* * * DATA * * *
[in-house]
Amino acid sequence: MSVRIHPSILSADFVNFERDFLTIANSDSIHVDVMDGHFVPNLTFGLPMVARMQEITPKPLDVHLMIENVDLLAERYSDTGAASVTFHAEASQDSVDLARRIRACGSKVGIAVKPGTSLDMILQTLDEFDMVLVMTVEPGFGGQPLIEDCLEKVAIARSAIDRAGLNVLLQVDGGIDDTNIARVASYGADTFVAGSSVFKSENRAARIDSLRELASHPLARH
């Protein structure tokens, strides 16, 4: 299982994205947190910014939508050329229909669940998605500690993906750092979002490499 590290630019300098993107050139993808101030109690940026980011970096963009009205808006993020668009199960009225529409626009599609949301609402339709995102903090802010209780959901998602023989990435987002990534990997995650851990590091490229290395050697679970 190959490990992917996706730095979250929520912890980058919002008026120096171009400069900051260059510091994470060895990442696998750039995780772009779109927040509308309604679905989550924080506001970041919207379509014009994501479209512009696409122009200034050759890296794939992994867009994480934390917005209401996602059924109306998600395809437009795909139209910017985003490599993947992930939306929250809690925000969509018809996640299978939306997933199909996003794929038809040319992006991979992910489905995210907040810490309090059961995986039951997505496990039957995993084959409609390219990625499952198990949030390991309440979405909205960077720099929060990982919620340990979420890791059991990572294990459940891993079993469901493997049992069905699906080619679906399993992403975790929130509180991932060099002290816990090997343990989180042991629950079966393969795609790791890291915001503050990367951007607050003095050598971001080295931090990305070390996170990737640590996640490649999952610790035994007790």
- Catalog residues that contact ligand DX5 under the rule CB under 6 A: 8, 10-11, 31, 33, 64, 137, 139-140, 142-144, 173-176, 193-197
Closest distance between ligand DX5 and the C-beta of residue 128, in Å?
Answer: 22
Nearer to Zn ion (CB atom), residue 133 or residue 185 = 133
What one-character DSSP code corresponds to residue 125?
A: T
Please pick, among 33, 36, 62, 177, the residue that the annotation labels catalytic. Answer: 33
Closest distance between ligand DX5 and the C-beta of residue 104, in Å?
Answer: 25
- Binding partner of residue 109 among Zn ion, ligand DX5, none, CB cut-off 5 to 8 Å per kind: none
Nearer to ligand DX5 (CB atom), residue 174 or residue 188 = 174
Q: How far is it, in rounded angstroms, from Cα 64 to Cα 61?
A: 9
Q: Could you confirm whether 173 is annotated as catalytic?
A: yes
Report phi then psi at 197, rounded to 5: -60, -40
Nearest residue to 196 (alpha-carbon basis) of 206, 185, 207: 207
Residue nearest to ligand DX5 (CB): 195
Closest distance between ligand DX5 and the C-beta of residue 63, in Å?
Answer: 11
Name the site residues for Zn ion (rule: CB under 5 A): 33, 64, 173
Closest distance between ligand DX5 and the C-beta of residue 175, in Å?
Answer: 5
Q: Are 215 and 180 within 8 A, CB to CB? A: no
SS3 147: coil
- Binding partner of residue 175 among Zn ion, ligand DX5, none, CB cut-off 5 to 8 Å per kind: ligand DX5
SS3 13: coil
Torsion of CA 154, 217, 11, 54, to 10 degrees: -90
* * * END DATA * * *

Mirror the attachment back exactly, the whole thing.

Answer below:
[in-house]
Amino acid sequence: MSVRIHPSILSADFVNFERDFLTIANSDSIHVDVMDGHFVPNLTFGLPMVARMQEITPKPLDVHLMIENVDLLAERYSDTGAASVTFHAEASQDSVDLARRIRACGSKVGIAVKPGTSLDMILQTLDEFDMVLVMTVEPGFGGQPLIEDCLEKVAIARSAIDRAGLNVLLQVDGGIDDTNIARVASYGADTFVAGSSVFKSENRAARIDSLRELASHPLARH
């Protein structure tokens, strides 16, 4: 299982994205947190910014939508050329229909669940998605500690993906750092979002490499 590290630019300098993107050139993808101030109690940026980011970096963009009205808006993020668009199960009225529409626009599609949301609402339709995102903090802010209780959901998602023989990435987002990534990997995650851990590091490229290395050697679970 190959490990992917996706730095979250929520912890980058919002008026120096171009400069900051260059510091994470060895990442696998750039995780772009779109927040509308309604679905989550924080506001970041919207379509014009994501479209512009696409122009200034050759890296794939992994867009994480934390917005209401996602059924109306998600395809437009795909139209910017985003490599993947992930939306929250809690925000969509018809996640299978939306997933199909996003794929038809040319992006991979992910489905995210907040810490309090059961995986039951997505496990039957995993084959409609390219990625499952198990949030390991309440979405909205960077720099929060990982919620340990979420890791059991990572294990459940891993079993469901493997049992069905699906080619679906399993992403975790929130509180991932060099002290816990090997343990989180042991629950079966393969795609790791890291915001503050990367951007607050003095050598971001080295931090990305070390996170990737640590996640490649999952610790035994007790």
- Catalog residues that contact ligand DX5 under the rule CB under 6 A: 8, 10-11, 31, 33, 64, 137, 139-140, 142-144, 173-176, 193-197
Closest distance between ligand DX5 and the C-beta of residue 128, in Å?
Answer: 22
Nearer to Zn ion (CB atom), residue 133 or residue 185 = 133
What one-character DSSP code corresponds to residue 125?
A: T
Please pick, among 33, 36, 62, 177, the residue that the annotation labels catalytic. Answer: 33
Closest distance between ligand DX5 and the C-beta of residue 104, in Å?
Answer: 25
- Binding partner of residue 109 among Zn ion, ligand DX5, none, CB cut-off 5 to 8 Å per kind: none
Nearer to ligand DX5 (CB atom), residue 174 or residue 188 = 174
Q: How far is it, in rounded angstroms, from Cα 64 to Cα 61?
A: 9
Q: Could you confirm whether 173 is annotated as catalytic?
A: yes
Report phi then psi at 197, rounded to 5: -60, -40
Nearest residue to 196 (alpha-carbon basis) of 206, 185, 207: 207
Residue nearest to ligand DX5 (CB): 195
Closest distance between ligand DX5 and the C-beta of residue 63, in Å?
Answer: 11
Name the site residues for Zn ion (rule: CB under 5 A): 33, 64, 173
Closest distance between ligand DX5 and the C-beta of residue 175, in Å?
Answer: 5
Q: Are 215 and 180 within 8 A, CB to CB? A: no
SS3 147: coil
- Binding partner of residue 175 among Zn ion, ligand DX5, none, CB cut-off 5 to 8 Å per kind: ligand DX5
SS3 13: coil
Torsion of CA 154, 217, 11, 54, to 10 degrees: -90